Microsoft is an excellent example of making the transition from horizon one to horizon three (thinking about completely new innovation is a jump from the first to the third horizon). Microsoft’s Xbox launch in 2001 is the company’s transition from the first directly to the third horizon. The Xbox was not a shot in the dark. Obviously, it was a massive deviation from Microsoft’s core strengths. The company relied on none of its horizon one developments in the early 2000s when entering a highly competitive niche that already featured established players like Nintendo and Sony.


The bridge between horizon one and horizon three is the horizon two process. Knowing where you are right now and where you want to go in the future will help you identify the processes that will reduce risks and enable you to be profitable in the future.


Be Careful About Horizon Two Applications

Harvard Business Review has come up with a concept termed the second horizon vacuum. According to the publication, many companies have a good grasp of where they are right now and where they’d like to take innovation in the future. All of these companies, however, failed in terms of coming up with actionable practices for getting from point A to point B (the processes that occur in the second horizon).


Kodak, Polaroid and even Xerox rank among the businesses that had innovation in mind but that didn’t quite make it there.


A second horizon vacuum could result from reliance on an outdated portfolio and hope for the introduction of next-generation technologies without an actionable plan for ensuring the long-term sustainability of the innovation.


Second horizon innovations are most challenging because they don’t come with the return on investment achieved in the first horizon and they aren’t as inspiring as third horizon innovations and their massive potential.


Cisco Systems is one company that is working continuously to break through the second horizon vacuum through the introduction of adequate measures. After thorough analysis, developing countries were identified as Cisco’s greatest growth opportunity. A new territory managed by one sales executive was created for these second horizon markets (over 130 countries). Many of the second horizon countries were rich in assets and the Cisco team focused on winning big deals with local organizations and governmental institutions.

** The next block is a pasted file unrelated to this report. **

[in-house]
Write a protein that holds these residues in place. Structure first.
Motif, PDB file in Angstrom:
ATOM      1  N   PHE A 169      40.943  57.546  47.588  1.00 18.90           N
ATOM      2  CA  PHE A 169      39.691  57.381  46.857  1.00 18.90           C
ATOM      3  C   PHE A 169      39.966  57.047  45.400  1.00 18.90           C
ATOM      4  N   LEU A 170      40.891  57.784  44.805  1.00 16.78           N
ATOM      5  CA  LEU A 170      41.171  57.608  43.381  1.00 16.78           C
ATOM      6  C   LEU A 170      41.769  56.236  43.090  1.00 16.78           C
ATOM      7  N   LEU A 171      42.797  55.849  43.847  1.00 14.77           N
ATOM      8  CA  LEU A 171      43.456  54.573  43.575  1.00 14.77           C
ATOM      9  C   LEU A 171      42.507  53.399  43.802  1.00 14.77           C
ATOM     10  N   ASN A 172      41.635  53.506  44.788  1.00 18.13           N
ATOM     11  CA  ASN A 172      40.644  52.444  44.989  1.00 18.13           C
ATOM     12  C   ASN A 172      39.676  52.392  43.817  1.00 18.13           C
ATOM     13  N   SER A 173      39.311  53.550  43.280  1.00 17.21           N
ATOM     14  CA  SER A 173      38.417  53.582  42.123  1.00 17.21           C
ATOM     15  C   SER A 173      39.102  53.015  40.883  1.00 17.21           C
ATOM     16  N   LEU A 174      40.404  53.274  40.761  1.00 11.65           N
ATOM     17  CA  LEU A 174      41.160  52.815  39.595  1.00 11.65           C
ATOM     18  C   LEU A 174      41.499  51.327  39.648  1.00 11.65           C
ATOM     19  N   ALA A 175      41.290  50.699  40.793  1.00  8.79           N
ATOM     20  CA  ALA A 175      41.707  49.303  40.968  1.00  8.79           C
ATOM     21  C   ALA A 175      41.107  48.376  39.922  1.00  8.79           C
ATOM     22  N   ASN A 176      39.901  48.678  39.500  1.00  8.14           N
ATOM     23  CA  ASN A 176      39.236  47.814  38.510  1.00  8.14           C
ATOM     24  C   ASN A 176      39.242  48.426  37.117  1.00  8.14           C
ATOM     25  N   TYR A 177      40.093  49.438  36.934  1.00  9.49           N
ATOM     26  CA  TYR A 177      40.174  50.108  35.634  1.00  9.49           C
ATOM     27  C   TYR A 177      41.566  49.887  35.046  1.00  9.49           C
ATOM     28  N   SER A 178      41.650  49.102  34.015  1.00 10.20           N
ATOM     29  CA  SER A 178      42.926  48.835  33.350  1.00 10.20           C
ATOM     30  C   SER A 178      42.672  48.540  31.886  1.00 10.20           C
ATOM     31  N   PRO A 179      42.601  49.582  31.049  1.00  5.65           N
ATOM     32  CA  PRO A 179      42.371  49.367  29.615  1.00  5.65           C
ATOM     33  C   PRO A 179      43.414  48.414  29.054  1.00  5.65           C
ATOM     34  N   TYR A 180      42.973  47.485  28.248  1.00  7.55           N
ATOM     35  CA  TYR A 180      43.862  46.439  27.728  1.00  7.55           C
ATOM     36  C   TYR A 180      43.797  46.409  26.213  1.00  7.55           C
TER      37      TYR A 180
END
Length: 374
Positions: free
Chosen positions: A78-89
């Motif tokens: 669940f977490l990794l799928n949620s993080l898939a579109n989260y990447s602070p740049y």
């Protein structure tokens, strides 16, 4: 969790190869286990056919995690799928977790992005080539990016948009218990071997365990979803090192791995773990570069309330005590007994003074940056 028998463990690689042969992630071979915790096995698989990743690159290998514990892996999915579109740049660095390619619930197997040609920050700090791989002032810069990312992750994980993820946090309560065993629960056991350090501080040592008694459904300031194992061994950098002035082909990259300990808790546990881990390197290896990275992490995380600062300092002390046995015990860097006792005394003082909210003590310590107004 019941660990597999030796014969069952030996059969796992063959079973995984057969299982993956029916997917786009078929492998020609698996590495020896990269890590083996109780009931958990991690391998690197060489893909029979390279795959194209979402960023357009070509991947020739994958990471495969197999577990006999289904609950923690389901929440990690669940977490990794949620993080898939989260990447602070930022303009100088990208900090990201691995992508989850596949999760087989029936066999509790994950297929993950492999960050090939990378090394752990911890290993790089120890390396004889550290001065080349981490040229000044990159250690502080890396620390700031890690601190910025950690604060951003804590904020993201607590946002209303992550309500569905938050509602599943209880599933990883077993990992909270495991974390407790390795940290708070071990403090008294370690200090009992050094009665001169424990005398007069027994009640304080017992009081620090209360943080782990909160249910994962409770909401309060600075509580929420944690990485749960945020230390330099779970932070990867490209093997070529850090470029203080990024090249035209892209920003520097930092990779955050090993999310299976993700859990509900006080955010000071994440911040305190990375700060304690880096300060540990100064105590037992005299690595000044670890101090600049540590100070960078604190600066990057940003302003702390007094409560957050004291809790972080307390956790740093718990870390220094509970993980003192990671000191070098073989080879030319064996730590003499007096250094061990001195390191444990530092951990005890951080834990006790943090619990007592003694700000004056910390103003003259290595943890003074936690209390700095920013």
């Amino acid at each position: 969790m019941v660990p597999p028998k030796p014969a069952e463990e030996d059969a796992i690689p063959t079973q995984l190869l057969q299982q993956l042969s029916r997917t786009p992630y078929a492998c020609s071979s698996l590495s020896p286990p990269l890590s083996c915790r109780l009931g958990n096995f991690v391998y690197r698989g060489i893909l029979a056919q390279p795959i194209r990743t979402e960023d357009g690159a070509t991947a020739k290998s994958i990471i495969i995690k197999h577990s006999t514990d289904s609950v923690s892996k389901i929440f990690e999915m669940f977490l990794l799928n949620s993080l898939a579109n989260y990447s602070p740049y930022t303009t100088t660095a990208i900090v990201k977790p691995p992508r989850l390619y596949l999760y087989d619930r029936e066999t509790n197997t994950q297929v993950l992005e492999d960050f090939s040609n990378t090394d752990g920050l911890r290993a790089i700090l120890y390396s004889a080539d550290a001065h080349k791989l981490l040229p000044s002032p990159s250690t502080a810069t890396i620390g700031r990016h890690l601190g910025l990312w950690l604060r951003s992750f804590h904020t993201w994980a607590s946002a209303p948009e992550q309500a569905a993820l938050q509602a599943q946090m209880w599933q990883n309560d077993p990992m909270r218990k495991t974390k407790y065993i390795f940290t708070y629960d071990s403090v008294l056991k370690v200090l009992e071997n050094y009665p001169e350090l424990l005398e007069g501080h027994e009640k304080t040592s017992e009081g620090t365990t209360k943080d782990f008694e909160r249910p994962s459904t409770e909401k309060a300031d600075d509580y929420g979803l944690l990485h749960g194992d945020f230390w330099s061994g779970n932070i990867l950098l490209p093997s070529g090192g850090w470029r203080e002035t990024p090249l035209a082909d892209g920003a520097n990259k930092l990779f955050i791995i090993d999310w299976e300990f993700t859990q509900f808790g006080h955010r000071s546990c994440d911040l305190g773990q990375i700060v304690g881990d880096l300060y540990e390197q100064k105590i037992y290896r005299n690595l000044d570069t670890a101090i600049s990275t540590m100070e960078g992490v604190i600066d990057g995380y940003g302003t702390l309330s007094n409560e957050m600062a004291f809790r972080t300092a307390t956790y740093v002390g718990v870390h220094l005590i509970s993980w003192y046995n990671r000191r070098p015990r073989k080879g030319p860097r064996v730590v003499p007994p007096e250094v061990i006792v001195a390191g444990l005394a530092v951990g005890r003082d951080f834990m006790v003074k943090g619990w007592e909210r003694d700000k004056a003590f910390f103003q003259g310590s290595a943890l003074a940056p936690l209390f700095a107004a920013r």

Other countries were designated as third horizon markets.


When the industry experienced a massive downturn, Cisco was faced by a serious second horizon vacuum. To ensure growth, Cisco acquired Andiamo Systems – a move that enabled its entry into storage area networks. Airespace and Linksys acquisitions were also completed as a part of Cisco’s second horizon initiative.


Through these acquisitions, Cisco managed to enter the security and the wireless network markets in the second horizon countries. These strategic developments guaranteed sufficient return on investment in the middle term.


Through higher visibility, Cisco ensured access to resources required to drive the more profound third horizon growth. Cisco’s efforts are still ongoing and the company is experimenting with an array of options. By casting a wide net, Cisco is attempting to establish best practices that will drive the company into the future, ensuring the sustainability of third horizon innovations.


Regular progress measurement at specific intervals, reliance on market metrics, thorough communication across the organization and a predominant focus on second horizon challenges rank among the pillars of the McKinsey horizon model methodology. Such a comprehensive approach is required because the future will never stay the same and once the zone of uncertainty is entered, many businesses will lack the models required to ensure awareness and sustainability.